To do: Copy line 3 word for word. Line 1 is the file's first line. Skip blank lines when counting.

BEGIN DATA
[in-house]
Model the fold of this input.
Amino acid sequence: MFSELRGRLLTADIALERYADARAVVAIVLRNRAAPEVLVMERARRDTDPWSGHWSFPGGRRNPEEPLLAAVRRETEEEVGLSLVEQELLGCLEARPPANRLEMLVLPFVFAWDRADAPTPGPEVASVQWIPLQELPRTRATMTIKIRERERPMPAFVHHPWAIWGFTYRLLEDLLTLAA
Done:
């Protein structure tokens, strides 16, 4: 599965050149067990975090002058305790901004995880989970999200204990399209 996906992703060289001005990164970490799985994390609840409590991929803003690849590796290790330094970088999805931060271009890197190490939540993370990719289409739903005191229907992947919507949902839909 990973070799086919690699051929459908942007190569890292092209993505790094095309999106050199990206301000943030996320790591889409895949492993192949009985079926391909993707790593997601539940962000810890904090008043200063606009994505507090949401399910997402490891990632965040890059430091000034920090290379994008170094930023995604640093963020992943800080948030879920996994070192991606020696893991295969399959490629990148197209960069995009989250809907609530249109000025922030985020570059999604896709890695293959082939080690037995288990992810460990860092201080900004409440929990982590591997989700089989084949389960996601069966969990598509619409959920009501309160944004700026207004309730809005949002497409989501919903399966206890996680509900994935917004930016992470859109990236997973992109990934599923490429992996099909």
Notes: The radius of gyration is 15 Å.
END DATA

Amino acid sequence: MFSELRGRLLTADIALERYADARAVVAIVLRNRAAPEVLVMERARRDTDPWSGHWSFPGGRRNPEEPLLAAVRRETEEEVGLSLVEQELLGCLEARPPANRLEMLVLPFVFAWDRADAPTPGPEVASVQWIPLQELPRTRATMTIKIRERERPMPAFVHHPWAIWGFTYRLLEDLLTLAA